Project Vehicross Part 9: Beefing Up the Brakes

 

Project Vehicross Part 9: Beefing Up the Brakes

by: David Zipf

I’m not going to bullshit here:  The Isuzu VehiCross’s brakes suck.  They are by far the worst part of the truck.  While Isuzu was kind enough to install four-wheel disc brakes all around, they are far too small to really pull down the 2-ton truck at speed.  Not long after we picked up out VX, we installed a set of EBC Greenstuff brake pads to try and help our brakes out.  They were a mild improvement over the original pads, but despite loving them on our old CR-V, they were not up to snuff in the VX.  The front pads didn’t even last 30,000 miles and spewed out a ton of gross dust all over our shiny chrome wheels.  In fact they wore out so quickly we had to grab a set of Duralast pads for an emergency install when we realized we were nearly down to the backing plates!  The rear pads lasted a bit more than 40,000 miles, and when we saw them getting low, we decided to do something about the whole mess.

Our plan of attack is multi-faceted.  First, we are dumping the worn out EBC and emergency Duralast pads in favor of something longer lasting.  Second, we are upgrading our rubber brake lines with stainless steel braided lines. Third, we are flushing the ancient (and possibly original) brake fluid with something fresh.  Fourth, we are fixing our faulty brake booster. And finally, we are going to fix the ABS, which has been broken since the day we bought the truck. We’d have LOVED to find a big brake kit for this truck, but the only Isuzus that have BBK options are those that are GM rebadges.  Sure we could have engineered one out of GM or Honda parts (Isuzu has shared platforms with both OEMs), but guessing and checking on a daily driver isn’t such a hot idea (plus, having a daily driver down while waiting on parts to be machined isn’t an option). So massaging our original parts as best we can is the best option for our truck.

Starting with pads, we are moving off the EBCs and onto Hawk HPS pads all around.  These are a fairly mild pad, but are more aggressive than the factory. We are hoping they will last longer and be less dusty than the EBCs were.  We think the main reason the EBCs were so bad were the fact that the factory brakes are just too small for the big truck. With single piston calipers, pads that don’t have a ton of surface area, and relatively small 11” rotors, the pads are going to be the weakest link.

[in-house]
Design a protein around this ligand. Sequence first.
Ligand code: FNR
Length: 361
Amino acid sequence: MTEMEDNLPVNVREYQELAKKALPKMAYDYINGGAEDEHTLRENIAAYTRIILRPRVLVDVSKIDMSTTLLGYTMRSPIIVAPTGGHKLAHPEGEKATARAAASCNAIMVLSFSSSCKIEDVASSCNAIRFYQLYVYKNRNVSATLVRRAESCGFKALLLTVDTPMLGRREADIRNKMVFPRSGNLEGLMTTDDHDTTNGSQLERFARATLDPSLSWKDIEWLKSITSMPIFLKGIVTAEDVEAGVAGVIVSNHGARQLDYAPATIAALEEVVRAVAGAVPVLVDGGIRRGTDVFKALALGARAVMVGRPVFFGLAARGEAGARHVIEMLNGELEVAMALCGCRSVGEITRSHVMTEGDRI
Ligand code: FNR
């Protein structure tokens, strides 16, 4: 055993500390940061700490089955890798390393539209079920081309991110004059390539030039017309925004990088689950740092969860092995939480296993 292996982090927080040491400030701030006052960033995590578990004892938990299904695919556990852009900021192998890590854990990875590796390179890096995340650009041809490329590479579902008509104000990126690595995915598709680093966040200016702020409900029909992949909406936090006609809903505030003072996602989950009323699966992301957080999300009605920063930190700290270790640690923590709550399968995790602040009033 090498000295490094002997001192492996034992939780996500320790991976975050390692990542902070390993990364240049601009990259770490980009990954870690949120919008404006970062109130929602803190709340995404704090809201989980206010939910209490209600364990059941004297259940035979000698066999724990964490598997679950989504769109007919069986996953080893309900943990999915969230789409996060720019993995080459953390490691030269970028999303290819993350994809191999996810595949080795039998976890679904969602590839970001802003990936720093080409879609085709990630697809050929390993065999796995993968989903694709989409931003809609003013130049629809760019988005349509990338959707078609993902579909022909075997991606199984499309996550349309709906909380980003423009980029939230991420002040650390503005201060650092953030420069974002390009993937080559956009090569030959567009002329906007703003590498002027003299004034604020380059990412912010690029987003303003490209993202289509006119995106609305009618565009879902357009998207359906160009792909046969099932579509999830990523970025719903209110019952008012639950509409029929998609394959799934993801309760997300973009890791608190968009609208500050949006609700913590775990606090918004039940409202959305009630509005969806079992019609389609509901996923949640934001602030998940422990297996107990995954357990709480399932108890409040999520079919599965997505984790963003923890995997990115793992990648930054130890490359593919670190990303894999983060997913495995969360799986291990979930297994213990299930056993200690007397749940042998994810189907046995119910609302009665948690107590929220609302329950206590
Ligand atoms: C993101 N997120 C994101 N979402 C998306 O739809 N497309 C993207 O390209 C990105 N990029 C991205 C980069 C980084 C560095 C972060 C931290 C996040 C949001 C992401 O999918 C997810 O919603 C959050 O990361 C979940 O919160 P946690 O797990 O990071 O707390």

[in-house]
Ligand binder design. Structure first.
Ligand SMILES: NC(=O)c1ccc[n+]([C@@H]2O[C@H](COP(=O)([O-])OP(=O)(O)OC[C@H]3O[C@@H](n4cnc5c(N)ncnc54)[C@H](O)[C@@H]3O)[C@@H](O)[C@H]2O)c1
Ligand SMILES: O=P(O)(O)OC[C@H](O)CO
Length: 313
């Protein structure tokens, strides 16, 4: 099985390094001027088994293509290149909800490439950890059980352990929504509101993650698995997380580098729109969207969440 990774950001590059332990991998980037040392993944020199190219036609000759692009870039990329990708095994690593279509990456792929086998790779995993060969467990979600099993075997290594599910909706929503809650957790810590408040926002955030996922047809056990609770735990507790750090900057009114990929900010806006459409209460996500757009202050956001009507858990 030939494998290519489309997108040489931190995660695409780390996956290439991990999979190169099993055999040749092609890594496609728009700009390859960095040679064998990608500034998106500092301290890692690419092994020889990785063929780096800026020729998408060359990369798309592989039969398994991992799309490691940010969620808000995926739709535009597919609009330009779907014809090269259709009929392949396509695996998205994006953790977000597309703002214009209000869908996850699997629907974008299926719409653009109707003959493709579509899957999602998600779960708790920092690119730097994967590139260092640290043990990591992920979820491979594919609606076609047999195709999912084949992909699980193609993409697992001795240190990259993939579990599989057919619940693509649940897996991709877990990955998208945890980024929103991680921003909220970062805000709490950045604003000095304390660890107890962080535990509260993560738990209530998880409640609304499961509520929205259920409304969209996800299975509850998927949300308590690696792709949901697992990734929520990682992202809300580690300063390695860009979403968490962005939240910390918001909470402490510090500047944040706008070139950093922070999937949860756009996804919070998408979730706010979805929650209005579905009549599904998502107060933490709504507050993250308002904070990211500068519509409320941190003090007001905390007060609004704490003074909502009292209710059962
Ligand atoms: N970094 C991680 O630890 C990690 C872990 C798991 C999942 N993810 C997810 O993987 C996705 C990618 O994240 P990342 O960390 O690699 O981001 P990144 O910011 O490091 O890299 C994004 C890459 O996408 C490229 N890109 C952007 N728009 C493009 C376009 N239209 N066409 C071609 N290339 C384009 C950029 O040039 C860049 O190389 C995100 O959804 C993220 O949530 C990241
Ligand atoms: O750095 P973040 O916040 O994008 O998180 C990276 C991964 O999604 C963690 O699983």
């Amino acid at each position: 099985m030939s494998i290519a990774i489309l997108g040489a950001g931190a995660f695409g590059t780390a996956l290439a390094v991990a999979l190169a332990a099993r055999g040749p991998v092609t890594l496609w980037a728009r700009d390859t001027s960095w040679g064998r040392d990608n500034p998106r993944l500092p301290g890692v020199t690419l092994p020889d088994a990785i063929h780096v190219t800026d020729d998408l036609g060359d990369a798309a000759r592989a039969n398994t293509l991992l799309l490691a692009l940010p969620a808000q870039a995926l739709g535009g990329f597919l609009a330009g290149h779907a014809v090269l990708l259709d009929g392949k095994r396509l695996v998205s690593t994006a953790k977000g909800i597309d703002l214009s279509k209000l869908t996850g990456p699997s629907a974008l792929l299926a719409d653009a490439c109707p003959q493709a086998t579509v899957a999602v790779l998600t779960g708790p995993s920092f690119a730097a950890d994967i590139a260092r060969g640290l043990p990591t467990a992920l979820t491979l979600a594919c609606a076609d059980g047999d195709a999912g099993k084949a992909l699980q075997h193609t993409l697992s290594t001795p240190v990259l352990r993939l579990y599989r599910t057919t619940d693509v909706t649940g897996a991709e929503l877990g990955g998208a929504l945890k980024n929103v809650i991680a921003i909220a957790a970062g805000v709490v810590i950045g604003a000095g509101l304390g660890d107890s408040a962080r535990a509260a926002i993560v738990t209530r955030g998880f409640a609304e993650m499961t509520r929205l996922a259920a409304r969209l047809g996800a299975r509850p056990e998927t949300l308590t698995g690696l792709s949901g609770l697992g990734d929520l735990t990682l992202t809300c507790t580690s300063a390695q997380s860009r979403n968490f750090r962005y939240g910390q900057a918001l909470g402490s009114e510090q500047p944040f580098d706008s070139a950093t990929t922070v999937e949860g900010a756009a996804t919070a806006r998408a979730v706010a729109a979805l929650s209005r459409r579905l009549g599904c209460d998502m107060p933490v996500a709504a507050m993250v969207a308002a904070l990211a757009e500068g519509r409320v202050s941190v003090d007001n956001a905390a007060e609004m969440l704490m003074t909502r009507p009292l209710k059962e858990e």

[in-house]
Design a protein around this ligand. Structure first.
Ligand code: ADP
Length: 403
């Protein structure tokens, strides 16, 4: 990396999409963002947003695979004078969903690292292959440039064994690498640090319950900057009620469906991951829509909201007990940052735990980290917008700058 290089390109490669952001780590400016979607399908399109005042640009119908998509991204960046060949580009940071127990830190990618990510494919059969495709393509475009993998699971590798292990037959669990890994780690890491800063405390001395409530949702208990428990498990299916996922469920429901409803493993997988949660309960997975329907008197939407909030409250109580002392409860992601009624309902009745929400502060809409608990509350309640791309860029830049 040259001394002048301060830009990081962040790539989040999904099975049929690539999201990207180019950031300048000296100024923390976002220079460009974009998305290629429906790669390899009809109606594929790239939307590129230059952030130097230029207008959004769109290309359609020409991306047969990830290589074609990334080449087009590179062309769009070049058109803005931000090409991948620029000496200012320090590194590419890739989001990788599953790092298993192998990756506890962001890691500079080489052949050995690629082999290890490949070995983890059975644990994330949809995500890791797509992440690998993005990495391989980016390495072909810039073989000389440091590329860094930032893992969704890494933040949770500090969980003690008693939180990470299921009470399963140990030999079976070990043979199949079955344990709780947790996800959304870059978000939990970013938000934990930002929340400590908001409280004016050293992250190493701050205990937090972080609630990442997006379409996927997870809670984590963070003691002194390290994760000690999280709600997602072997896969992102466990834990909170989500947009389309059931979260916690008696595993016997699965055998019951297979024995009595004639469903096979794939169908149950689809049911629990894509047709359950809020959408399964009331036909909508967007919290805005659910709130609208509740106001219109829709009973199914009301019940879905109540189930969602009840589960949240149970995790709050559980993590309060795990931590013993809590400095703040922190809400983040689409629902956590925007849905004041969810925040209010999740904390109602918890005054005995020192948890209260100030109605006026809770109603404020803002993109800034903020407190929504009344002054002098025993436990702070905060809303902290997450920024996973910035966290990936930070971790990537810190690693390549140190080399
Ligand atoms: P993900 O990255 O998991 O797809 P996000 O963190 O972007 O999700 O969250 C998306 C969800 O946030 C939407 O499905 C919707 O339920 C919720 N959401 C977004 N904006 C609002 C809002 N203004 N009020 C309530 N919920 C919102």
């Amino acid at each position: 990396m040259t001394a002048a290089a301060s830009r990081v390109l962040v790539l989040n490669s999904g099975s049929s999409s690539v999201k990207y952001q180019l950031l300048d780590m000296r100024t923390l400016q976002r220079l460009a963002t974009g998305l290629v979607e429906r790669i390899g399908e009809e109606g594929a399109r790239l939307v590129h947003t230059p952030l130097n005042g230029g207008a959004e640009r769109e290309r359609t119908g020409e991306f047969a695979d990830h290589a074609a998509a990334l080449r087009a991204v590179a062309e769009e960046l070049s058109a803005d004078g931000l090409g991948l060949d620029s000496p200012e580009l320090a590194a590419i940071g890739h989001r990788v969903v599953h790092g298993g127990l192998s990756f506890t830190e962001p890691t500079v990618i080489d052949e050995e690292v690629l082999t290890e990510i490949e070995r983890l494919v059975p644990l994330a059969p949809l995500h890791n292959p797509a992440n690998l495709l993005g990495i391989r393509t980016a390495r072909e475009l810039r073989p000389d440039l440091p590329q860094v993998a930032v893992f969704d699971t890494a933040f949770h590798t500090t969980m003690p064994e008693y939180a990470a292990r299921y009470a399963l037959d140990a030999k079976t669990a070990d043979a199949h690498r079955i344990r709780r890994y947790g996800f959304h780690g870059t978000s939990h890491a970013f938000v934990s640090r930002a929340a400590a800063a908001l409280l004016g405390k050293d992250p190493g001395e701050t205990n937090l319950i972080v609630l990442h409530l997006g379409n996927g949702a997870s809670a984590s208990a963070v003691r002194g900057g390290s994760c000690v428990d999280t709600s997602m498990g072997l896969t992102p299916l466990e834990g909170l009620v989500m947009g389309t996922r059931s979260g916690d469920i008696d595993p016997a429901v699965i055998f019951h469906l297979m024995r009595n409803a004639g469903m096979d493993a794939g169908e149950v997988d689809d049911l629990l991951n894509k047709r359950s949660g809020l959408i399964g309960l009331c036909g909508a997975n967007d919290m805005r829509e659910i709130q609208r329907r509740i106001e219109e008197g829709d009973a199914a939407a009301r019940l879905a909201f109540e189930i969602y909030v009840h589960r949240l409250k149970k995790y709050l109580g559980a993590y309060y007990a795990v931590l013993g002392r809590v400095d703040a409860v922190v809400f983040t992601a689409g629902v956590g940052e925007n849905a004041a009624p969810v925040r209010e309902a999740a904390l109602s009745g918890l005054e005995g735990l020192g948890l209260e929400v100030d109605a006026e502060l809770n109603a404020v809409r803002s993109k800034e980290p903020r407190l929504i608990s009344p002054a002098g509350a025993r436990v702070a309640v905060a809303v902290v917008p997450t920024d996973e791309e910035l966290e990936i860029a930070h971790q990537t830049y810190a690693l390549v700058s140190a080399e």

Actually that’s a lie.  Hawk does not offer HPS pads for the rear of the VX.  Instead we found out that Brembo offers an OEM replacement style pad for Isuzus that fits perfectly into the rear calipers of our VehiCross.  Shwing!

Our stainless steel brake lines came from our friends at Independent4X.  Some of you may be asking who in their right mind would make stainless steel brake lines for a truck?  Well, these are actually extended brake lines, perfect for those who will flex their Isuzus over rocks and ruts (since tearing a brake line when off-roading could leave you stranded in the middle of nowhere).  They are necessary if you are adding big lift to your Isuzu, but they are also useful to those who want better pedal feel out of their truck, or are replacing crusty, old, leaking lines.

These are wonderful parts and include brand new crush washers and clips, as well as OEM quality fittings.  The I4X lines come with this fancy red sheathing that prevents the line from chafing anything it rubs against.  Very smart! If that weren’t enough these lines are DOT approved so you can be assured they meet the same quality standards the OEM lines did.  Best of all, the price for all 5 lines (one for each caliper and one to connect the rear axle to the chassis) means they are only slightly more expensive than their OEM counterparts.  They are a great investment to any old Isuzu.

2 comments

  1. Maybe I skimmed it too quickly, but were the calipers in good working shape? No chance of sticky/stuck calipers?

    I do find that most Japanese manufacturers (imo) undersizes brakes on their regular cars. On my old Highlander, a very quick stop from 160km/h to 0km/h would seriously put the brakes to test(did that once). I didn’t encounter adequately sized brakes until I got my Mazdaspeed3, and even then they somehow were just huge single piston sliding behemoths.

    PS: With the new website format, are all the old accounts and such gone? We use this name and email format to comment now?

    1. Calipers were fine. We cleaned the sliding pins and re-greased them when we replaced the pads, but that’s all they needed.

      if the VX’s brakes were more consistent they’d be a lot better. Even with the repairs, the pedal can be a bit vague. Feels like there isn’t enough vacuum on the booster or something along those lines. Still a great rig though and the upgrades we added made a noticeable difference.

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